U.S. consumer spending was unexpectedly flat in April, but real disposable incomes recorded their biggest increase in nearly a year as the labor market improved and inflation remained muted, a government report showed on Friday.
KEY POINTS: * The Commerce Department said spending was the weakest since September, when it fell 0.6 percent, after increasing by an unrevised 0.6 percent in March. * Analysts polled by Reuters had expected consumer spending, which normally accounts for over two-thirds of U.S. economic activity, to increase 0.3 percent last month. * Spending adjusted for inflation was also flat in April after a 0.5 percent increase the prior month, the Commerce Department said. * Personal income rose 0.4 percent, the report showed, after rising by the same margin in March. * Markets had expected income to rise 0.5 percent last month. * Real disposable income rose 0.5 percent in April, the largest increase since May, after a 0.3 percent gain the prior month. * The saving rate rose to 3.6 percent from 3.1 percent in March. * The personal consumption expenditures price index, excluding food and energy, rose 1.2 percent in the 12 months to April, the smallest rise since September.
PIERRE ELLIS, SENIOR ECONOMIST, DECISION ECONOMICS, NEW YORK:
The personal income report is good news in the sense that it's fully supported by the rise in wage and salary income in line with what we expected after seeing the employment numbers. The consumption results are a little bit soft, but set off no alarm bells yet. The core PCE price index comes in on track, still a concern for FOMC doves, but no more so than it was last month. It's at the low-end of the so-called comfort zone so that worries about deflation are not being put at ease.
RICHARD DEKASER, PRESIDENT, WOODLEY PARK RESEARCH, WASHINGTON:
We have had a lot of volatility in retail sales in recent months. We have had moderate growth in consumer spending. Income and wealth are improving, but there are still a lot of headwinds with credit conditions still very tough.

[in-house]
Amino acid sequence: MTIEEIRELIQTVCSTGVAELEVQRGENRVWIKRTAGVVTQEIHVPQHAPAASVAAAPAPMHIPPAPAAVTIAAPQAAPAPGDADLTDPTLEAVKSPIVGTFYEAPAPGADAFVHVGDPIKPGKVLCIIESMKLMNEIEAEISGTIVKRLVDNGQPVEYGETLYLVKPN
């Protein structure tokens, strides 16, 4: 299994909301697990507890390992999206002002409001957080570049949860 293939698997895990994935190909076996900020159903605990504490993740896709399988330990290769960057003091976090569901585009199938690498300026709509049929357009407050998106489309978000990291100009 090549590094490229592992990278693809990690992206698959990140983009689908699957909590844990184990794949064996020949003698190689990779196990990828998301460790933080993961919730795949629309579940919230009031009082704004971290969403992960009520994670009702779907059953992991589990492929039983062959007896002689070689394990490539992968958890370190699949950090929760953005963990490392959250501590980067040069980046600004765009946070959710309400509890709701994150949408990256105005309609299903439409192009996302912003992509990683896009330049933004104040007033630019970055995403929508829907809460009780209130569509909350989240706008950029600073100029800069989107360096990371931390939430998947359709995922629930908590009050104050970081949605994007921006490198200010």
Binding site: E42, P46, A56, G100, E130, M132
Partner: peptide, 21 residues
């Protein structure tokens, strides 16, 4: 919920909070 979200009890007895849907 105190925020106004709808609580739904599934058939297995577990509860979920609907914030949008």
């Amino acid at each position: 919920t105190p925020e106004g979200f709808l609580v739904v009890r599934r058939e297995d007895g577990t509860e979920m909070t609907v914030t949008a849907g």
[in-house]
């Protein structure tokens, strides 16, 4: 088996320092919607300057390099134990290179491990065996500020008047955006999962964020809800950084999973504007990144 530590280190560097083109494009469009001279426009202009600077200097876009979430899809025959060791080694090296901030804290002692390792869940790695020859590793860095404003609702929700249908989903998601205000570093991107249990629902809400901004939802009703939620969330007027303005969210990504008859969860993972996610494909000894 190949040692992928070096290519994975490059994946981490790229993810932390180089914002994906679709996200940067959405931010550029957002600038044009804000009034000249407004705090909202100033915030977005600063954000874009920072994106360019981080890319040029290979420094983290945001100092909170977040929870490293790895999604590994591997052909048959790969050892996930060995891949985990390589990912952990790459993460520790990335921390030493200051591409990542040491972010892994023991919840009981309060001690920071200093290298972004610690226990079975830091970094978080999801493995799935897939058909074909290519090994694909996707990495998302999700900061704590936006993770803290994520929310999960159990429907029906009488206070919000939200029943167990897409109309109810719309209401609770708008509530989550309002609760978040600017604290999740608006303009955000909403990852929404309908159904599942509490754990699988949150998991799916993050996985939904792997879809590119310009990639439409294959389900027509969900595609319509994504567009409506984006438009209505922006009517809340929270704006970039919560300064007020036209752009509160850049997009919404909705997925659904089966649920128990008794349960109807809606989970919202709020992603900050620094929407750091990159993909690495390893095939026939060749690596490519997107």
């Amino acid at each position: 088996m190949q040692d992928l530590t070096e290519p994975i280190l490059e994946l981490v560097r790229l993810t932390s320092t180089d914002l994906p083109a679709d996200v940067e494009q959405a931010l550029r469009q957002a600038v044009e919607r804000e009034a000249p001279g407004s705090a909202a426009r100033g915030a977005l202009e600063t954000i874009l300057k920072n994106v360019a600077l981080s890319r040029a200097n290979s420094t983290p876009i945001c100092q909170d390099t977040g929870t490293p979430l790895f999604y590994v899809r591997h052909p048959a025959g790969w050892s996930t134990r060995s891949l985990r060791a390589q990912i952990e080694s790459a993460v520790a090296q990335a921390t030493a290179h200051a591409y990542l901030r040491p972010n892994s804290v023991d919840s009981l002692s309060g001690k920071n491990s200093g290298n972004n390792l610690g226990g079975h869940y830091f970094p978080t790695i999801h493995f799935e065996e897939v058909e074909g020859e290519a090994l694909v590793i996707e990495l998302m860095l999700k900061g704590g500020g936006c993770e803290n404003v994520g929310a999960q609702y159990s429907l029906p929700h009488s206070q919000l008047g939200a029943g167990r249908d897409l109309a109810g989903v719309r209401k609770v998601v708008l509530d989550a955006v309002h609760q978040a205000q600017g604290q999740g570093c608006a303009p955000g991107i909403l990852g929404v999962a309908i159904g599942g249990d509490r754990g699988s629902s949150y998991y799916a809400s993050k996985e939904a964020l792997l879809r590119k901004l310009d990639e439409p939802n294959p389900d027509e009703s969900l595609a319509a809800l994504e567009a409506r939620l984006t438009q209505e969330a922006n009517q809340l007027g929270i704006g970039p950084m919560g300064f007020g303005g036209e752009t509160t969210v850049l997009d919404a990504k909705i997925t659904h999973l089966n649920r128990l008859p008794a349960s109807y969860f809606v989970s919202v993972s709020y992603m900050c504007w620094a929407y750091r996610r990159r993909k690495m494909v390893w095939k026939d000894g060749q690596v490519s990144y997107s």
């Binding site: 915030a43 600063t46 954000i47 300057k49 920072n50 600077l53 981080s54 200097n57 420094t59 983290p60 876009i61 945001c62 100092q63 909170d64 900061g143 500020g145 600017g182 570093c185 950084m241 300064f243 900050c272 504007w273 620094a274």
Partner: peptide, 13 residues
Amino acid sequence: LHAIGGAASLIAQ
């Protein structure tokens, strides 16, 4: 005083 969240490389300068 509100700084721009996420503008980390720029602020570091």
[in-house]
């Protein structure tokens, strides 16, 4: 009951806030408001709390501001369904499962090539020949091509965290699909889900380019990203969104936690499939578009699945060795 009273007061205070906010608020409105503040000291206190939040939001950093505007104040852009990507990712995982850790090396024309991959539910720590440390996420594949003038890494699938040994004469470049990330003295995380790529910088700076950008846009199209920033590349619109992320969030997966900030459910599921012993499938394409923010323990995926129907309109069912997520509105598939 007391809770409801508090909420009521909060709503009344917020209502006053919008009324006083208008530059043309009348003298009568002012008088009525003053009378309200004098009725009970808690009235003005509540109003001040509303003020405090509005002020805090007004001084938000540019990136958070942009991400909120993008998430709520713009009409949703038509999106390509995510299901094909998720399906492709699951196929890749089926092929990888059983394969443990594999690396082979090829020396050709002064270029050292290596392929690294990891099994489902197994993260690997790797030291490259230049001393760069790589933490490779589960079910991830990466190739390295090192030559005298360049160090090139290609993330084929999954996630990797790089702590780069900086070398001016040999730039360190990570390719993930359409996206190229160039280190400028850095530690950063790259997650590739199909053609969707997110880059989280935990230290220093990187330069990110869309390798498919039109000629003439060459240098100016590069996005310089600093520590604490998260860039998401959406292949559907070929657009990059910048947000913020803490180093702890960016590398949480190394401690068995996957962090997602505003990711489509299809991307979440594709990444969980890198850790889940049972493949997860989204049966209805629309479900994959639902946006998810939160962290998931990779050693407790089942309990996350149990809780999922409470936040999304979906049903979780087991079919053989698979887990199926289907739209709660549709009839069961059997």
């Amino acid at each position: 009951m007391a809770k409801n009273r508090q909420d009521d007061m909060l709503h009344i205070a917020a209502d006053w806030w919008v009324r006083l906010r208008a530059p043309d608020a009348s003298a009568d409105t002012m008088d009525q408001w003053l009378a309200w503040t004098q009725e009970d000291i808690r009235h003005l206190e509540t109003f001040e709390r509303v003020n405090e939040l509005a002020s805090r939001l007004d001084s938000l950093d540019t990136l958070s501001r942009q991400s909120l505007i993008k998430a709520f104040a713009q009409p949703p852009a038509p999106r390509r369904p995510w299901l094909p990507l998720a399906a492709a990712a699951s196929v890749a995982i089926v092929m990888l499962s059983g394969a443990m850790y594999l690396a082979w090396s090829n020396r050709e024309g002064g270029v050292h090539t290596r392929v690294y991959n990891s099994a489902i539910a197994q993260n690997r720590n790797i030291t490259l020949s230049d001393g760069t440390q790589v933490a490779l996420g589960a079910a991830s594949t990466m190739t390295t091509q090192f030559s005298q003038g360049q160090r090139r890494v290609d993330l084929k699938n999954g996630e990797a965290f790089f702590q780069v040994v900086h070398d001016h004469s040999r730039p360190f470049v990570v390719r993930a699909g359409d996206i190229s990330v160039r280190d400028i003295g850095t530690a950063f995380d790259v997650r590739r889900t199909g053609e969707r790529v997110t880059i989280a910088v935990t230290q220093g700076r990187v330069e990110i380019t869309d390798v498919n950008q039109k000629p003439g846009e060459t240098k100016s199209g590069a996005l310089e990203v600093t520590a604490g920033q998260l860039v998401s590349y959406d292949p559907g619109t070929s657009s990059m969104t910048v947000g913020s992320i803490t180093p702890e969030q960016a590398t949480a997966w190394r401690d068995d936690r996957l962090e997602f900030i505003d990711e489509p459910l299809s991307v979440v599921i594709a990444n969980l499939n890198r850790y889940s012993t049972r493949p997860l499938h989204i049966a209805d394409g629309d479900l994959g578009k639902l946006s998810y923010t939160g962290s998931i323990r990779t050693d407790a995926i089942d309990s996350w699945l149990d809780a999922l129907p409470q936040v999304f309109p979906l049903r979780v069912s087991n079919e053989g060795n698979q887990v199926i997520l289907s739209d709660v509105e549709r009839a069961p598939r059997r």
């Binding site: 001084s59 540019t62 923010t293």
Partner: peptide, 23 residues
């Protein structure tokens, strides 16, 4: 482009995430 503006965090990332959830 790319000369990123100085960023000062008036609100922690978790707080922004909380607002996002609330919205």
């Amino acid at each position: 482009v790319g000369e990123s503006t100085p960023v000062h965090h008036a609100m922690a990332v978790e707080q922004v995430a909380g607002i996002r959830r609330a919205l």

If we see jobs stall out after recent encouraging gains, it would be the single biggest threat to consumer spending and raise questions about the sustainability of the recovery.
While the elevated level of layoffs is discouraging, it's not persistent enough or big enough to change my fundamental view that employment trend remains on an upswing.
SEAN SIMKO, FIXED-INCOME PORTFOLIO MANAGER, INVESTMENT
MANAGEMENT COMPANY SEI, OAKS, PENNSYLVANIA:
I think the consumer is going down the right path of recovery. This data today came in a little bit softer than expectations and might have gone one step backward, but that is to be expected in any recovery.
As the labor market heals, consumer spending should remain strong.
WAYNE KAUFMAN, CHIEF MARKET ANALYST, JOHN THOMAS FINANCIAL, NEW YORK:
Spending was down a little, which will disappoint some people, but I don't think the number is so bad. If people save a little and repair their balance sheets, that's going to be good. Debt has been such a big problem that I don't think this a bad thing. Income came in as expected and overall I'd say the numbers were in line.
For the market, we want to see if there's any follow-through for the rally we had yesterday. Volume was below average, only 84 percent of 10-day average volume, suggesting that this could be a corrective rally in a downtrend. The question is whether we go into a sustained rally from here.
MARKET REACTION: STOCKS: U.S. stock index futures little changed after data. BONDS: U.S. Treasury debt prices slightly extend gains. DOLLAR: U.S. dollar holds slim gains versus euro.